On Honesty & Integrity
By Galia Barhava-Monteith
I’m sure that if you asked ten people at random what their values are, you would find them to be similar. In fact over the years, I have come to realise that values are pretty much universal. Whenever I facilitated a workshop on Values and Ethics and I asked for an example of a value inevitably one of the attendees would offer ‘honesty and integrity’. However, when I asked those same people for an example of a principle that underlies that value, more often than not there was a deathly silence in the room.
Values and Principles
Let me define these two, related concepts.
Values are the things that are GOOD to HAVE. They are the essence of what we stand for, and should underpin our behaviours, decisions and actions.
Principles flow from values; these are the RIGHT things to DO. They direct people in how to make the values a part of everyday being.
You see, principles are how your values are translated into your actions; it is where your ‘ethical’ rubber hits the road.
Yes, most people around the world will say they value honesty and integrity but how do they live their values of honesty and integrity? How do they express these values in their decisions and actions?
That’s where cultural awareness becomes absolutely crucial. This is not political correctness. I’m an immigrant to New Zealand from Israel and after many years of working with people from very different cultures, I have come to realise how important these differences can be, especially in the context of discussions about values.
In Israel, when you think that an idea someone proposes is stupid, your guiding principle of how to be ‘honest’ will lead you to say what you think. Basically, you tell them:
I think your idea is stupid!
My Israeli friends tell me that such exchanges are not uncommon.
In New Zealand, on the other hand, when someone offers an unlikely idea, the reaction is more likely to be something like: ’that’s different’. These words are usually code for: I think your idea is stupid! but they avoid confrontation which is a strong cultural preference in New Zealand.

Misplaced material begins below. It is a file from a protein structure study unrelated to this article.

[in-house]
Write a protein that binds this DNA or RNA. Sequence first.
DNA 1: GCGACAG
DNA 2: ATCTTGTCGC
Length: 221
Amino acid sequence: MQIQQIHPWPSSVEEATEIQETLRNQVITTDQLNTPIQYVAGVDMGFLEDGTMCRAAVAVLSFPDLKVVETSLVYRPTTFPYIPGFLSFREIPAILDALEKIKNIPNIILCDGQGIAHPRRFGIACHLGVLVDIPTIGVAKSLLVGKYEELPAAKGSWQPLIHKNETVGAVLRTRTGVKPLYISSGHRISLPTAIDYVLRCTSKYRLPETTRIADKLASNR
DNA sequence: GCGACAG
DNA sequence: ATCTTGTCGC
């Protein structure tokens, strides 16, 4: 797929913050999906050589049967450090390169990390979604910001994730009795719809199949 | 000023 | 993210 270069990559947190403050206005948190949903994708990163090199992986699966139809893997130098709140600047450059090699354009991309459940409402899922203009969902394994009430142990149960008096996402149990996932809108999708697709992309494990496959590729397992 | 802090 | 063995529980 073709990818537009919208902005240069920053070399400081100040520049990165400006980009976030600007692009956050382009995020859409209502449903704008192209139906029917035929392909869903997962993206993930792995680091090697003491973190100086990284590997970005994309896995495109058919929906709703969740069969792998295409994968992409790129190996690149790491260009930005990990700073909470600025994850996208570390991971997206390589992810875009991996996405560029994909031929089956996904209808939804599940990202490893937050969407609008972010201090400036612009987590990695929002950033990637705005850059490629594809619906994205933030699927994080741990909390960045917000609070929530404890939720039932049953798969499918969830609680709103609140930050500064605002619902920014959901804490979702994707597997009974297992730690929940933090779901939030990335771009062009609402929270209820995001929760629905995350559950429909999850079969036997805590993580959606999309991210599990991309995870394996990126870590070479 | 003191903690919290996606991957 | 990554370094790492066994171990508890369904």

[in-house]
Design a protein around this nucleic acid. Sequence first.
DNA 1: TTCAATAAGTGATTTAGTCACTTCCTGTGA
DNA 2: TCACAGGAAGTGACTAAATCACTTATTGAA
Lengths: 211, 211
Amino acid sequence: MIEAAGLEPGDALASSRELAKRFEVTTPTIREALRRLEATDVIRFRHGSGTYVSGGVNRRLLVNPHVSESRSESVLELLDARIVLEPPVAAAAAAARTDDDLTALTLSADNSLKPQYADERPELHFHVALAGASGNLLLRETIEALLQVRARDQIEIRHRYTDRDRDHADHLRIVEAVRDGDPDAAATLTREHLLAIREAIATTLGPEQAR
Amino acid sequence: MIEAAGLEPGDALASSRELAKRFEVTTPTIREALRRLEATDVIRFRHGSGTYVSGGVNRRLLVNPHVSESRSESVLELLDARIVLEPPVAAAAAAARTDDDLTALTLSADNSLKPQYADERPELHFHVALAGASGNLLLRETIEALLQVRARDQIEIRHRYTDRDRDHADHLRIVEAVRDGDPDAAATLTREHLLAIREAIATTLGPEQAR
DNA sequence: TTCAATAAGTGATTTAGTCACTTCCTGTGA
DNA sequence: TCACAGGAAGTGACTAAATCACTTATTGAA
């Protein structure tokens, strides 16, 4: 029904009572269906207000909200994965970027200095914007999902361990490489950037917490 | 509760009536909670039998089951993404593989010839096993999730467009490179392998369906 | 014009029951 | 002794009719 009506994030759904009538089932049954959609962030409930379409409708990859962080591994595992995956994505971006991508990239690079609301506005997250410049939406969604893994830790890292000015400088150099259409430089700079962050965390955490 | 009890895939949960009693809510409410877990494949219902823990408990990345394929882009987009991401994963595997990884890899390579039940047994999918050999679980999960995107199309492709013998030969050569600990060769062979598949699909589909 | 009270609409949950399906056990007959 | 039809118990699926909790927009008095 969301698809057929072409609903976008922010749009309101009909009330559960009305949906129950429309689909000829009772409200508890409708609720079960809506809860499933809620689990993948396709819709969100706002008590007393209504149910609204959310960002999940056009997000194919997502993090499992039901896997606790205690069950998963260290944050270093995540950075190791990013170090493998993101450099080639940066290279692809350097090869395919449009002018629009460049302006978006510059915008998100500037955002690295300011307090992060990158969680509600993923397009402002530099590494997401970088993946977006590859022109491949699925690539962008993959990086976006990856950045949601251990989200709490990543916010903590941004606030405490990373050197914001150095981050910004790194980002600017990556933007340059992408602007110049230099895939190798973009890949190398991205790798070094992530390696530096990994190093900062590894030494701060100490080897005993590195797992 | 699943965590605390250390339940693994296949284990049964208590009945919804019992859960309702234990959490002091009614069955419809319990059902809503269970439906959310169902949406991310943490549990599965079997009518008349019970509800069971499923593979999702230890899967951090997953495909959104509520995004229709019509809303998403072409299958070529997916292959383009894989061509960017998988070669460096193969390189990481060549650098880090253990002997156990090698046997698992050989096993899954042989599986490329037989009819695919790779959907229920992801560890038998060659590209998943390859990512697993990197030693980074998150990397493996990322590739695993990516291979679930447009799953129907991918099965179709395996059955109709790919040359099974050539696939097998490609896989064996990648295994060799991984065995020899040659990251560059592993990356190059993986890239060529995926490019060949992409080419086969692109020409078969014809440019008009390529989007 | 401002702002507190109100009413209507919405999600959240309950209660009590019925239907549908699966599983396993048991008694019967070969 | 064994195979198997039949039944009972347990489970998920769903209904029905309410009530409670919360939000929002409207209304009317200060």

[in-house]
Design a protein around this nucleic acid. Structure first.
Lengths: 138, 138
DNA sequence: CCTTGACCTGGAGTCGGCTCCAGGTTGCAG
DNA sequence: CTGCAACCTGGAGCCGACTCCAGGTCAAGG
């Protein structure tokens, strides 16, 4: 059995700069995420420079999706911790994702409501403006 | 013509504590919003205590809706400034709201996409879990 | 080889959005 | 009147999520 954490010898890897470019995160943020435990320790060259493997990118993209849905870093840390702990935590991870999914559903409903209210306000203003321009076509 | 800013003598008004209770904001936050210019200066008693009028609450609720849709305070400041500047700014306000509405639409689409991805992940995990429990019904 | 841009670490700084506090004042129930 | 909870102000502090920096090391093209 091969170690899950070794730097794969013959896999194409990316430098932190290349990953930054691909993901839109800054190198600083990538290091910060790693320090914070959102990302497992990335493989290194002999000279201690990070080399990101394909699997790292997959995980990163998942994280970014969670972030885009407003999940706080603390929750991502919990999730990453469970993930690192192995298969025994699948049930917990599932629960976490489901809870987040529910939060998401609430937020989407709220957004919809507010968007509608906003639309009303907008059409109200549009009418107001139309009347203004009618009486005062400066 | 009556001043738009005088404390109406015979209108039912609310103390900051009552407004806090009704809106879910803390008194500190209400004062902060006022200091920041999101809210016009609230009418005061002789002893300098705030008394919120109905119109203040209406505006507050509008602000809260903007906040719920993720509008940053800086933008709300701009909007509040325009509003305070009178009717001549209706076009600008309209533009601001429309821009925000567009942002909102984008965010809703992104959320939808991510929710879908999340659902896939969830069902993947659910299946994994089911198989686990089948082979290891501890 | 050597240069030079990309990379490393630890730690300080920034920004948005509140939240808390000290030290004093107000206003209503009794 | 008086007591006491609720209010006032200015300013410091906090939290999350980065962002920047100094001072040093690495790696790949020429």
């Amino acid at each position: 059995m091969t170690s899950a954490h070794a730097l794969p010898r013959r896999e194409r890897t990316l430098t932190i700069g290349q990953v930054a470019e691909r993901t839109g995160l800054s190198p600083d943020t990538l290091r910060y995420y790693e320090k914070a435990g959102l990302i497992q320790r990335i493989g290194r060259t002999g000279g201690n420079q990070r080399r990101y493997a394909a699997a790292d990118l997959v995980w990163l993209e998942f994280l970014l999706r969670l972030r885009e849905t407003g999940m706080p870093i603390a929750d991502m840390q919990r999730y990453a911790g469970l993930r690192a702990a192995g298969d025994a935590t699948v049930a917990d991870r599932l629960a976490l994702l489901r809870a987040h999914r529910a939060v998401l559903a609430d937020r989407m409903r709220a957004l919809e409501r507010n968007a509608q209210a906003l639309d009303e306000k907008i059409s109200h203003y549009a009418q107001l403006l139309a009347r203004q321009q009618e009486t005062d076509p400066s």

From an Israeli perspective, the polite Kiwi approach is seen as being ‘not honest’ (of course I am generalising here). If you think something is stupid, say it’s stupid. Same value, different principles.
And this is where the third ingredient of living by your values comes into play, and in my eyes it is the most important one. It is this: think about the impact of your words and actions on the people with whom you interact and who might be affected – your stakeholders.
You might recognise this situation. Your colleague, boss, partner, friend or family member climbs on their high horse and says, “I know you value honesty and I am an honest person, so let me tell you that I really think…” This is often followed by an insult cloaked as ‘honesty’.
To me, this is not acting with honesty and integrity. It’s the integrity bit that’s missing. I believe that living my life with integrity is about thinking through the consequences of my actions on the people around me before I express my opinion.
It’s not about always getting it right, or never offending anyone, and it’s certainly not about being righteous. So, if someone really annoys me – should I ALWAYS tell them? No matter what? Many years ago that might have been my approach, but it certainly is not now. These days, I’ll think things through by asking myself questions such as: did they mean to upset me? What else is going on in their lives? What will telling them this truth achieve? Does it actually matter? What will happen if I simply ‘suck it up’?
Living your values doesn’t mean being whiter than white, or claiming the moral high ground. Instead, it means being aware, being present and being mindful.
Socrates said it thousands of years ago:
“The unexamined life is not worth living.”
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